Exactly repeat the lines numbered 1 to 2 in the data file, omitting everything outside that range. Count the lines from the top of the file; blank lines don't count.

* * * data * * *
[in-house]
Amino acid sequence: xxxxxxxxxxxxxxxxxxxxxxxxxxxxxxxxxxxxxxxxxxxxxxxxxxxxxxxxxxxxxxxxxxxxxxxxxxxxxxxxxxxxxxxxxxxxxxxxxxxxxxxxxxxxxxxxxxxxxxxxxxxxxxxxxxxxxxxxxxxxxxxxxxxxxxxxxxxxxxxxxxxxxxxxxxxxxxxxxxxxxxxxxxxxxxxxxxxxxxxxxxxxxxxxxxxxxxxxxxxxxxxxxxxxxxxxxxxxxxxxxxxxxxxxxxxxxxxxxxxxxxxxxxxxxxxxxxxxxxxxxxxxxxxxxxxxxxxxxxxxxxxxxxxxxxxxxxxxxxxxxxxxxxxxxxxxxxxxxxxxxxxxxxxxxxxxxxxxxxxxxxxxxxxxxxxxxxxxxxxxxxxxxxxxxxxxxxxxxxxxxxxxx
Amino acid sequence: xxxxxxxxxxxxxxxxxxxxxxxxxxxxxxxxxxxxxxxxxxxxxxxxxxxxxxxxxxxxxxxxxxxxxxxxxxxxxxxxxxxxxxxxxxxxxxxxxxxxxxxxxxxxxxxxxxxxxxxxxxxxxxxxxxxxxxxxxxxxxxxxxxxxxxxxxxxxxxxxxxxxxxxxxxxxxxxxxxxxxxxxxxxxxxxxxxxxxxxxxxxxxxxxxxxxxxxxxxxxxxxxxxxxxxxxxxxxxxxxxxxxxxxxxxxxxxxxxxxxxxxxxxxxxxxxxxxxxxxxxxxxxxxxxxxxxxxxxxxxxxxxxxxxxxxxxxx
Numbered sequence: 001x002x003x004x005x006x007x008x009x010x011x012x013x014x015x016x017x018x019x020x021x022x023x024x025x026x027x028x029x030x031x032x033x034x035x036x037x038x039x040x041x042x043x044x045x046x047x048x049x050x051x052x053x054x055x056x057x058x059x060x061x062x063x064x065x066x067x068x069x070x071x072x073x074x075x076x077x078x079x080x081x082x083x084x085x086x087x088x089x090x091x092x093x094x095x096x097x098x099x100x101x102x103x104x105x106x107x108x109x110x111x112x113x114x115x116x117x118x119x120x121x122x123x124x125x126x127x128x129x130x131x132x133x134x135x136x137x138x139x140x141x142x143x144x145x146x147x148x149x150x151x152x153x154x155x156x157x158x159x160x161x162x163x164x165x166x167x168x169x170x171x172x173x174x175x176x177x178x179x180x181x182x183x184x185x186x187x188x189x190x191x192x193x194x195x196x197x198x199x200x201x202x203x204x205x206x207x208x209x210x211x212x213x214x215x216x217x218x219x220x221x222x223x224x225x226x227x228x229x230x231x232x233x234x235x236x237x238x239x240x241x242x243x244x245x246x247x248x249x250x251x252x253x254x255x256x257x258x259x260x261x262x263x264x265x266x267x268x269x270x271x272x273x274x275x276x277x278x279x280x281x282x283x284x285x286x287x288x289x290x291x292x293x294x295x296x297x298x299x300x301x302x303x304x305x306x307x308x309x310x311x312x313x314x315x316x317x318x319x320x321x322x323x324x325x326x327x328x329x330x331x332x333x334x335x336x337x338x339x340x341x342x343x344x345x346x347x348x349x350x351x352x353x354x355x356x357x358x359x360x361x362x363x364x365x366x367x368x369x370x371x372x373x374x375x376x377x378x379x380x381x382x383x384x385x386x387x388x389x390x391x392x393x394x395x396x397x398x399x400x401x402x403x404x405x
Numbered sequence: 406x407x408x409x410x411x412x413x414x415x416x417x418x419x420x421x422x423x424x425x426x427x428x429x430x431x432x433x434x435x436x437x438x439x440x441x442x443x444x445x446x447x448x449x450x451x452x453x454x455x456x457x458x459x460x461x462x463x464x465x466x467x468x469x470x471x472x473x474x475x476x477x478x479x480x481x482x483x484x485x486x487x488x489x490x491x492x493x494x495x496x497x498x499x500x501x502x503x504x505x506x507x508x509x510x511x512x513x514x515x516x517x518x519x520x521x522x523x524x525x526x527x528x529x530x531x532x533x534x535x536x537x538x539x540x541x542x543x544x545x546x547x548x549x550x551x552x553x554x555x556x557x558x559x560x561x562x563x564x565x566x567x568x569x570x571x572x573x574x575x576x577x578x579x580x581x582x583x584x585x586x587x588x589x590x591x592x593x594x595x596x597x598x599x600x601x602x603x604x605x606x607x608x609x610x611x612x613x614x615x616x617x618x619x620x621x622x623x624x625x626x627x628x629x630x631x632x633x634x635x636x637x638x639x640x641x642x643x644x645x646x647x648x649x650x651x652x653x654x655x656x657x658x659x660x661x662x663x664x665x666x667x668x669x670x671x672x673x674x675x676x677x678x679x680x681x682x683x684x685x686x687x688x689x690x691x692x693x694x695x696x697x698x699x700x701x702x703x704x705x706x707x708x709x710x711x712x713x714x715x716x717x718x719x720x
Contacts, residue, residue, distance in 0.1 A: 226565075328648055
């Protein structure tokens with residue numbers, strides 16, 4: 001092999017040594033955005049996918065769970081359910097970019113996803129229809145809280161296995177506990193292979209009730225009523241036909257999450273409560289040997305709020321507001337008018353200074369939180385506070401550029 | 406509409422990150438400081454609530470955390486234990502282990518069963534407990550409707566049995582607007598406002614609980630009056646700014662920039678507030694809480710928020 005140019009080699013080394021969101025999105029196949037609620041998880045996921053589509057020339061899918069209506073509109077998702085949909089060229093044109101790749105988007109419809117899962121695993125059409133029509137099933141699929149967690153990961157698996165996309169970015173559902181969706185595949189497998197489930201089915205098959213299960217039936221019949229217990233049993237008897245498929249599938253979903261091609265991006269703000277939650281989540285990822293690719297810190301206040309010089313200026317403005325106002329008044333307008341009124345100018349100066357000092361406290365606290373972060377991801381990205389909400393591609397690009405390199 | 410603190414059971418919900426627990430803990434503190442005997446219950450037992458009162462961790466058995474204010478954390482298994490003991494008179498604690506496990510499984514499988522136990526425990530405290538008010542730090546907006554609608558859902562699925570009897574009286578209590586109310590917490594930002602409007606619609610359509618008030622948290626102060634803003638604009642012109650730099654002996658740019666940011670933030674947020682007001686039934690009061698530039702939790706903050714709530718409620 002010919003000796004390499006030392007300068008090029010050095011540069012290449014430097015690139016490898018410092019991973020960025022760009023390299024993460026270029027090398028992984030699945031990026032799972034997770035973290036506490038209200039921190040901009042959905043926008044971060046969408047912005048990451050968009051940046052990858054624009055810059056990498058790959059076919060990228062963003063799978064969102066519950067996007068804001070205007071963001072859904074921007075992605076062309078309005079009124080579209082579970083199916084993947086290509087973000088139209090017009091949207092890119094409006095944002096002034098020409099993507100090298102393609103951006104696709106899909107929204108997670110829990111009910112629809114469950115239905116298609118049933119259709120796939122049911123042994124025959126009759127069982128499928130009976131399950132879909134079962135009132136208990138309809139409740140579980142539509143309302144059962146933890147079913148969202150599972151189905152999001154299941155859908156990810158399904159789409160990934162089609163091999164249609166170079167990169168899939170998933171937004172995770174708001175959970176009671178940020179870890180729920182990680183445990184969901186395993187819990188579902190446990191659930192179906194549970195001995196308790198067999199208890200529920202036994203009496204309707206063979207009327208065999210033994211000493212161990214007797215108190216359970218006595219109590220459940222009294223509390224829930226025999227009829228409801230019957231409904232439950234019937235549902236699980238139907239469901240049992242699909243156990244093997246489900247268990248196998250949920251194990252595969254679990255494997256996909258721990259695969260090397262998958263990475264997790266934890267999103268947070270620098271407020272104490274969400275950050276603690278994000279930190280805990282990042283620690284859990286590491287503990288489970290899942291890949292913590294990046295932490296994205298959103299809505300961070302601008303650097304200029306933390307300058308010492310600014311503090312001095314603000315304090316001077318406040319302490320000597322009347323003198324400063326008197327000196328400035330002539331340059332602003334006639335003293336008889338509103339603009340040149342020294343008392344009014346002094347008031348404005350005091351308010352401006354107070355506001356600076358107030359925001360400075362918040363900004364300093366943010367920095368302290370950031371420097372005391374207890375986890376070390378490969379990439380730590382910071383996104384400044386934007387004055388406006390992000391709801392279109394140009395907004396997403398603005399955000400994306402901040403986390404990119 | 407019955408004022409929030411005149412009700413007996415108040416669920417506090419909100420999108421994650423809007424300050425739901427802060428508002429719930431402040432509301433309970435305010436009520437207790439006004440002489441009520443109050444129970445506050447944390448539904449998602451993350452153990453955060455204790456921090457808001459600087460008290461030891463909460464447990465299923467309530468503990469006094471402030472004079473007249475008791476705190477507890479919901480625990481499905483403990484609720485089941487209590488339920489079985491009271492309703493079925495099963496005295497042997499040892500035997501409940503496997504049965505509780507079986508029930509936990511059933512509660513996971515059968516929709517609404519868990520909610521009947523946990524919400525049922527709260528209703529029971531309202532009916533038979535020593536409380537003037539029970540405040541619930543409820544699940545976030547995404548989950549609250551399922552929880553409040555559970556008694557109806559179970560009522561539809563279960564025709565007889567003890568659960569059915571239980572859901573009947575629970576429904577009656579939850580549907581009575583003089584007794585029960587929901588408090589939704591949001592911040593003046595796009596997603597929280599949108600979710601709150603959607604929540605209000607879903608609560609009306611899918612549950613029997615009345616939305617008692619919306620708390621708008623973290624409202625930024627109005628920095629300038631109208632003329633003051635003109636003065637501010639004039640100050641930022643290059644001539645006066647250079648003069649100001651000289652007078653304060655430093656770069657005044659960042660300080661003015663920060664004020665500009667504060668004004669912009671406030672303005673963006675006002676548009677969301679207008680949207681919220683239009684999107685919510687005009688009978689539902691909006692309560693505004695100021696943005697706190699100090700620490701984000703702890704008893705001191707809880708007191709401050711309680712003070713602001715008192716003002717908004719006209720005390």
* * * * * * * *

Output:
[in-house]
Amino acid sequence: xxxxxxxxxxxxxxxxxxxxxxxxxxxxxxxxxxxxxxxxxxxxxxxxxxxxxxxxxxxxxxxxxxxxxxxxxxxxxxxxxxxxxxxxxxxxxxxxxxxxxxxxxxxxxxxxxxxxxxxxxxxxxxxxxxxxxxxxxxxxxxxxxxxxxxxxxxxxxxxxxxxxxxxxxxxxxxxxxxxxxxxxxxxxxxxxxxxxxxxxxxxxxxxxxxxxxxxxxxxxxxxxxxxxxxxxxxxxxxxxxxxxxxxxxxxxxxxxxxxxxxxxxxxxxxxxxxxxxxxxxxxxxxxxxxxxxxxxxxxxxxxxxxxxxxxxxxxxxxxxxxxxxxxxxxxxxxxxxxxxxxxxxxxxxxxxxxxxxxxxxxxxxxxxxxxxxxxxxxxxxxxxxxxxxxxxxxxxxxxxxxxxx